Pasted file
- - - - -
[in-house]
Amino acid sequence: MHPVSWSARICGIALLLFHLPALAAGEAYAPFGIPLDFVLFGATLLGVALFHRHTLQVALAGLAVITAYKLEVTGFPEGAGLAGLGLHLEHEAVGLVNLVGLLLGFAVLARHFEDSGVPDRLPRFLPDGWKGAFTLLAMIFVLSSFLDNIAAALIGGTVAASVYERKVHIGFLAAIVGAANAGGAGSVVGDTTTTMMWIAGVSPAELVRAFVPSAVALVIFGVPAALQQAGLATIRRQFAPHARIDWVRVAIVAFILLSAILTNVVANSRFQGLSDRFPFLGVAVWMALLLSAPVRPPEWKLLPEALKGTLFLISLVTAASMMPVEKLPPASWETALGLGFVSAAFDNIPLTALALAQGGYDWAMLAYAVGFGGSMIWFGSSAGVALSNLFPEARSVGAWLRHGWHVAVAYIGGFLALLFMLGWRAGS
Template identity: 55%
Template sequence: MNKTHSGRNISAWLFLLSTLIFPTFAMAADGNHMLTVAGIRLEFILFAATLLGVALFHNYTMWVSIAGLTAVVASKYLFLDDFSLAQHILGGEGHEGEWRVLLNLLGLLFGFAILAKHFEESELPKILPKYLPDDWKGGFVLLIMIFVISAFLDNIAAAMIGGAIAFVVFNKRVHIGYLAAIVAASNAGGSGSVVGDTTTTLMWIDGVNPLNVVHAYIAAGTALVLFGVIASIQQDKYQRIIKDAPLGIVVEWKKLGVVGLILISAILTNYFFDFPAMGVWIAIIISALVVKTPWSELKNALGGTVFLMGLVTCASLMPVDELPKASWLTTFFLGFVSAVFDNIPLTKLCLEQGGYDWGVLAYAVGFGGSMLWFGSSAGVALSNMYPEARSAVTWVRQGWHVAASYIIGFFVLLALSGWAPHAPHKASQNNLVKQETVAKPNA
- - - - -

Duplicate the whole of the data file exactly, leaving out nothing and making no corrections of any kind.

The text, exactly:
[in-house]
Amino acid sequence: MHPVSWSARICGIALLLFHLPALAAGEAYAPFGIPLDFVLFGATLLGVALFHRHTLQVALAGLAVITAYKLEVTGFPEGAGLAGLGLHLEHEAVGLVNLVGLLLGFAVLARHFEDSGVPDRLPRFLPDGWKGAFTLLAMIFVLSSFLDNIAAALIGGTVAASVYERKVHIGFLAAIVGAANAGGAGSVVGDTTTTMMWIAGVSPAELVRAFVPSAVALVIFGVPAALQQAGLATIRRQFAPHARIDWVRVAIVAFILLSAILTNVVANSRFQGLSDRFPFLGVAVWMALLLSAPVRPPEWKLLPEALKGTLFLISLVTAASMMPVEKLPPASWETALGLGFVSAAFDNIPLTALALAQGGYDWAMLAYAVGFGGSMIWFGSSAGVALSNLFPEARSVGAWLRHGWHVAVAYIGGFLALLFMLGWRAGS
Template identity: 55%
Template sequence: MNKTHSGRNISAWLFLLSTLIFPTFAMAADGNHMLTVAGIRLEFILFAATLLGVALFHNYTMWVSIAGLTAVVASKYLFLDDFSLAQHILGGEGHEGEWRVLLNLLGLLFGFAILAKHFEESELPKILPKYLPDDWKGGFVLLIMIFVISAFLDNIAAAMIGGAIAFVVFNKRVHIGYLAAIVAASNAGGSGSVVGDTTTTLMWIDGVNPLNVVHAYIAAGTALVLFGVIASIQQDKYQRIIKDAPLGIVVEWKKLGVVGLILISAILTNYFFDFPAMGVWIAIIISALVVKTPWSELKNALGGTVFLMGLVTCASLMPVDELPKASWLTTFFLGFVSAVFDNIPLTKLCLEQGGYDWGVLAYAVGFGGSMLWFGSSAGVALSNMYPEARSAVTWVRQGWHVAASYIIGFFVLLALSGWAPHAPHKASQNNLVKQETVAKPNA